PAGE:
Strolling through a South Asian supermarket in Ottawa, the label on a bag of rice caught my eye. Despite being a resident of Canada for nearly two decades and having eaten most local and ethnic dishes, absence of a rice dish three or four times a week would be considered an incomplete meal. The aisles of various grocery stores in major cities in Canada are stocked with various rice varieties. But what grabbed my attention was the variety of rice that was unique to Kerala, a tiny state in India, tucked away in the southern peninsula, far away from the bustling metropolises of Delhi and Mumbai. The matta rice is fatter than its prettier, slim and slender cousin, basmati, that is well-known, even among the non-Asian folks. The reddish white matta rice is claimed to be healthier as it is unpolished and therefore retains essential nutrients. While the rice is certainly a gastronomical delight, particularly during festivals, the sight of this rice invokes images of green paddy fields spreading several hectares, dotted with bunds, wells, pumps, farmers, and laborers either ploughing or planting the next crop. Rice, the staple of the region, remained the backbone of the economy of Kerala, until the Middle-East-Gulf region opened its gateways to laborers for the oil fields, construction and health care, flooded Kerala with petro-dollars in the form of large homes, cars, and very importantly gigantic churches that predominantly served the female congregation of a society, whose male members toiled in the hot sands of the desert, building the Arab King’s penchant for the tallest tower, or drilling for oil from the depths of the land to serve the car-loving American and Canadian folks. Churches form a pivotal social hub, where alliances are made or broken, education is built, and festivals are celebrated with pomp and splendour. Born tasting curry flavored-Catholicism is akin to pancake-sausage combos at the Stampede in Calgary, or Montreal Smoked Meats or Nanaimo Bars or Maple Syrup-coated everything. Catholicism imported from Kerala to the vast expanses of Canada cannot be washed off, neither in the cold waters of the Bow river nor the clear water in Tobermory. The religious few gather in makeshift churches fashioned from old schools, or rented from various dioceses, considering that church attendance has plummeted. Money, to many an immigrant, is a scarce commodity that pays for heating in winter, cooling in summer and to meet living expenses. Yet, observing the faith that binds 4 million Kerala Catholics through Sunday masses that bring kids and adults under one roof, every week is important enough to budget for the tithe that the Church expects.
Kerala, bordered on one side by the Arabian sea is dotted with palm trees that supply not only toddy, the inexpensive, omnipresent alcoholic beverage, but also the leaves that are fashioned into leafy crosses, or just waved every year when the faithful welcome Jesus on his fateful one-way trip to Jerusalem, more than two thousand years ago. Recreating biblical scenes is a passionate affair and the involvement of the church in the daily lives of the Christians in Kerala is mostly welcomed, considering that several families have at least one member who have entered religious life, either as a priest or a nun.
An organized religion such as Catholicism, whether it is of an eastern rite, as practiced in Kerala, or one that follows the Latin rite, as in North America, requires funds. The Catholic Church is the spiritual home to 1.1 billion people around the world, and as of 2015, had $8 billion in assets. Sainthood comes at a cost. Canonization costs run in the range of quarter to half a million dollars, and the costs vary depending on the length of the process, the evidence required to be collected, publication material and travel costs. Canonization brings with it a revival of not only souls that were sent to purgatory, but also the economy of the region, where the saint lived, preached and died. This can be best captured in the small town of Bharananganam or B-nam, to help our readers, where the first woman to be conferred sainthood from the Kerala church, Saint Alphonsa, lived a saintly life. Religious tourism has transformed B-nam into a major pilgrimage center, with scores visiting the saint’s tomb. The region around B-nam is referred to as the land of lakes, letters and latex, owing to the backwaters that cater to tourists, its record of being the first fully literate town in India, and rubber plantations that dot the land. In a land of more than a billion people who are affiliated with some form of religious beliefs, sainthood is a rare event and naturally an entire tourist industry has spawned around the saint. An increasing shortage of religious clergy has resulted in a surge in the number of saints from Kerala, with the hope that more faithful renounce worldly pleasures to enter religious life. However, the observation that the list of potential candidates for sainthood consists of very few lay people, but mostly religious clergy including bishops, priests and nuns point to the business interest of the Catholic Church because the families of these candidates will have no claim over the income they generate. Compared to 53 million Catholics in Italy that produced 255 saints over the last two thousand years or so, Kerala with 4 million Catholics produced six native saints during the same time.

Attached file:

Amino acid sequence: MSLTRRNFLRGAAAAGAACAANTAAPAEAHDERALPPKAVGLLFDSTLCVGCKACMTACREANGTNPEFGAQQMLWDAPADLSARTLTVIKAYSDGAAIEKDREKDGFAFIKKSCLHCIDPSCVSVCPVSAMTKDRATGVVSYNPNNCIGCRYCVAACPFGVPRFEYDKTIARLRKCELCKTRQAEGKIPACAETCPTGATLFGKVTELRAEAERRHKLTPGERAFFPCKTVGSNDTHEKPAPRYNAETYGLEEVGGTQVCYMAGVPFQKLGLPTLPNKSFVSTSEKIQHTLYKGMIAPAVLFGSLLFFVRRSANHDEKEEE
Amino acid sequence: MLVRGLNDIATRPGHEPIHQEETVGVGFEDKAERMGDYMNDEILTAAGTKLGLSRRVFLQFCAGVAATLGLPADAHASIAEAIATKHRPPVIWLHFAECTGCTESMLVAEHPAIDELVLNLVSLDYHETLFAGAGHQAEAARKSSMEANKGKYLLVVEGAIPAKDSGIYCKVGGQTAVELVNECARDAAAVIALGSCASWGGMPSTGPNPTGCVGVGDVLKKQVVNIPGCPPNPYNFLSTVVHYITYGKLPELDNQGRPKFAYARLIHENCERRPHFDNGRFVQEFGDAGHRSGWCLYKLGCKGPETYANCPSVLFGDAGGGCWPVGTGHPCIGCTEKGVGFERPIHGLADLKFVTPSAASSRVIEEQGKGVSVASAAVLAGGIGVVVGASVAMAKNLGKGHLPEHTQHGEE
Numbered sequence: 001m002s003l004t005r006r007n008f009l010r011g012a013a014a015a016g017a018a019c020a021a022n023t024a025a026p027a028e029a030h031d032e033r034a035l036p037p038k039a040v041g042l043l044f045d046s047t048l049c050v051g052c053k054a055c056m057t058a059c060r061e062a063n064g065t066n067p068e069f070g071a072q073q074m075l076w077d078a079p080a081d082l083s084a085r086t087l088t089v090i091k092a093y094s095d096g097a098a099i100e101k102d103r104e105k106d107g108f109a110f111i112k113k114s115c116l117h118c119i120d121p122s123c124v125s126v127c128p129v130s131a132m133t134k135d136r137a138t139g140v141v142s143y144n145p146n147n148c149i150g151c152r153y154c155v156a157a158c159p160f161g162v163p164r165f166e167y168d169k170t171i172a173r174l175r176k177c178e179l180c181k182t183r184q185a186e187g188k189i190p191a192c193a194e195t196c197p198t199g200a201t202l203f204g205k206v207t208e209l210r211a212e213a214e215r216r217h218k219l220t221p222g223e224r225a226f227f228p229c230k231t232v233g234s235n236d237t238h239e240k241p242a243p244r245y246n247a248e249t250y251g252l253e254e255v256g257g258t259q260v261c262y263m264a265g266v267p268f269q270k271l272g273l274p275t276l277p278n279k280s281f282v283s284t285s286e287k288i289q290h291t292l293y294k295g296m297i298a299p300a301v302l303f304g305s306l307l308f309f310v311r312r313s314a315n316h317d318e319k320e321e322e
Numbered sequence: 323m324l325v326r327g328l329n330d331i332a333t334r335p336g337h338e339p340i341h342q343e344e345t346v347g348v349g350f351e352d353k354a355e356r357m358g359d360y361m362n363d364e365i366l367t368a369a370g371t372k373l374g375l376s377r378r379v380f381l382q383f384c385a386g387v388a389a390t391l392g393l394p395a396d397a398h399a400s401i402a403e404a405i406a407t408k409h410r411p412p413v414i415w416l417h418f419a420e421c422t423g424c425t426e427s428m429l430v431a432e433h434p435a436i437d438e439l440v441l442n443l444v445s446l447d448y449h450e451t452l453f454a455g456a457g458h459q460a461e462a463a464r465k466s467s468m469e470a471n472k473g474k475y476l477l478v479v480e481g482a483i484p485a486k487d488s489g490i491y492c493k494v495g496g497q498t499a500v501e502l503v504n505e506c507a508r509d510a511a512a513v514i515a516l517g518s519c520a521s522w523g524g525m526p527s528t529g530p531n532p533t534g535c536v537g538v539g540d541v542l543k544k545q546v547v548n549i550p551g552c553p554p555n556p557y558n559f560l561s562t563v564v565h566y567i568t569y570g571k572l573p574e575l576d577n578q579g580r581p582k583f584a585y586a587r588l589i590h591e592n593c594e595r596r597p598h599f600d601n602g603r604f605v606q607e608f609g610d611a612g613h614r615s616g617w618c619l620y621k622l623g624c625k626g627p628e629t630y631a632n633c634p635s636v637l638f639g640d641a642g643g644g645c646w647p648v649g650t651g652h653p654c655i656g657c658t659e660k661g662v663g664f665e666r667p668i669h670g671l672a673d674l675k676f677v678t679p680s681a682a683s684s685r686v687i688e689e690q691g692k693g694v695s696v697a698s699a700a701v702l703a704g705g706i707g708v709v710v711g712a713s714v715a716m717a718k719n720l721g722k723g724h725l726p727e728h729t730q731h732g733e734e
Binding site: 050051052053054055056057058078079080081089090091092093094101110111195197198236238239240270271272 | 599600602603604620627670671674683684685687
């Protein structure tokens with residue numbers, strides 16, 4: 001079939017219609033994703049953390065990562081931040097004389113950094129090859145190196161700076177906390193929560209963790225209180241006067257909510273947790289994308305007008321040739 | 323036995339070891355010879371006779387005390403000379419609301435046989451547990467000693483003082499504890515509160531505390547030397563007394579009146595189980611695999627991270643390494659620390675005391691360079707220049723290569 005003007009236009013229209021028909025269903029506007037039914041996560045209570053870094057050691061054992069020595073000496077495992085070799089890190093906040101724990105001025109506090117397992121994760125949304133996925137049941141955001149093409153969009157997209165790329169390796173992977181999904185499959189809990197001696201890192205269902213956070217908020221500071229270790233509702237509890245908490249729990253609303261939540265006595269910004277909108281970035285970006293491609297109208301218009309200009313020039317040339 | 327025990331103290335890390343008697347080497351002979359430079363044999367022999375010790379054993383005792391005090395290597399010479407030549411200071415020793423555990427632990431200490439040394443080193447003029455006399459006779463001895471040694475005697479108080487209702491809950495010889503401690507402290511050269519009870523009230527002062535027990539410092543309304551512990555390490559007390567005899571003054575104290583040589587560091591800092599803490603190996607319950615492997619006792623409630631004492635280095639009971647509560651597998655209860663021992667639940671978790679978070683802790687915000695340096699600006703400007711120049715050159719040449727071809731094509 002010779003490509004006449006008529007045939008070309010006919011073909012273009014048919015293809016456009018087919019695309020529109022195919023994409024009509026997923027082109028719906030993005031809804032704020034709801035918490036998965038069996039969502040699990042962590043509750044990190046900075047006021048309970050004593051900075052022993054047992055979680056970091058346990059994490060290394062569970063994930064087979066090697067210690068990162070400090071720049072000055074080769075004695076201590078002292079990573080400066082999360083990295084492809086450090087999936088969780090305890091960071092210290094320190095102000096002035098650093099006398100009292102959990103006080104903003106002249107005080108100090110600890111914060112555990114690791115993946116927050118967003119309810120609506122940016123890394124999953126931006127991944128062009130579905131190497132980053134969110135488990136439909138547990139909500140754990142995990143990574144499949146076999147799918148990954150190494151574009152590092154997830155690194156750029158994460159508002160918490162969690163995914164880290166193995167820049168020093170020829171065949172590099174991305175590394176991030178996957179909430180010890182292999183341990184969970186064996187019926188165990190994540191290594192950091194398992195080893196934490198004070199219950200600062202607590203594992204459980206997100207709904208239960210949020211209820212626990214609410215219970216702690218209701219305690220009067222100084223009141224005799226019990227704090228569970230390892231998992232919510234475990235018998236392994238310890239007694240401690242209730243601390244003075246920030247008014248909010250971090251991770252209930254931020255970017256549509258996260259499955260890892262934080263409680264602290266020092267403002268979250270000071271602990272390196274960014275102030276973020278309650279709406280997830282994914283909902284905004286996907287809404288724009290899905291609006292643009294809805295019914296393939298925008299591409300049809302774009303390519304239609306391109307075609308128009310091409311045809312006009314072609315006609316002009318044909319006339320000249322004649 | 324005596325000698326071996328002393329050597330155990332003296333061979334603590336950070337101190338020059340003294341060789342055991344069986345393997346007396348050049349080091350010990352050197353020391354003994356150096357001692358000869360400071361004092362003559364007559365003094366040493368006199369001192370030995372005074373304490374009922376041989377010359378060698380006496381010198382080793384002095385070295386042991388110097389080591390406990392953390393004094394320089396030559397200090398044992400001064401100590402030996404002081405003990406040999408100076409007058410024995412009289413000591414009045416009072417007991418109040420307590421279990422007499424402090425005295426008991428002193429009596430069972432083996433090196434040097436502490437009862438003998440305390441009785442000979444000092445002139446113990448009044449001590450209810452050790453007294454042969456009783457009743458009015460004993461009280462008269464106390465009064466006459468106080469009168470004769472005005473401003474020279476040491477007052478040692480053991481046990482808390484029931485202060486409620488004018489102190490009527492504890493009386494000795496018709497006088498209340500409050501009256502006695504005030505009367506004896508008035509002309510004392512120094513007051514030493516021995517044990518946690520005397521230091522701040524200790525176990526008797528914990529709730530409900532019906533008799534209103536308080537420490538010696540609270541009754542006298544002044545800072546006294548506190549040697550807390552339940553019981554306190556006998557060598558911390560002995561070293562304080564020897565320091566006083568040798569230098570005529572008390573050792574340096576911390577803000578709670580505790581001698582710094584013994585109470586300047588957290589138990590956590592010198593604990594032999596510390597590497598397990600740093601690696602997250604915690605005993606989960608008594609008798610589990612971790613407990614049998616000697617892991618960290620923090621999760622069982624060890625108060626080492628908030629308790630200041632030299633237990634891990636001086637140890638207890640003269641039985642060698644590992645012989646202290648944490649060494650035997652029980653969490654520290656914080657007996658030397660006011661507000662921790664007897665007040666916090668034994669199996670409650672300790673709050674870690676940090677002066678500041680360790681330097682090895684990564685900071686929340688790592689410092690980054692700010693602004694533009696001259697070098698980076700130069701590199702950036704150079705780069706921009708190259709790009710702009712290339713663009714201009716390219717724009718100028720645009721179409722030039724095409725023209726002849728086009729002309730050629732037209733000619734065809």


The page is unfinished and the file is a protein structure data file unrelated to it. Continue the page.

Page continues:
Driving through the neatly asphalted roads of B-nam, I cannot but help wondering how many more saints of the future lay waiting behind the walls of huts with broken doors and thatched roofs, and lavish homes painted green and pink and funded by husbands and wives living abroad. Each time, I carry a bag of matta rice to the boot of my car in Ottawa, my thoughts go back to B-nam, the throng of worshippers at the church, and a potential saint amongst their midst.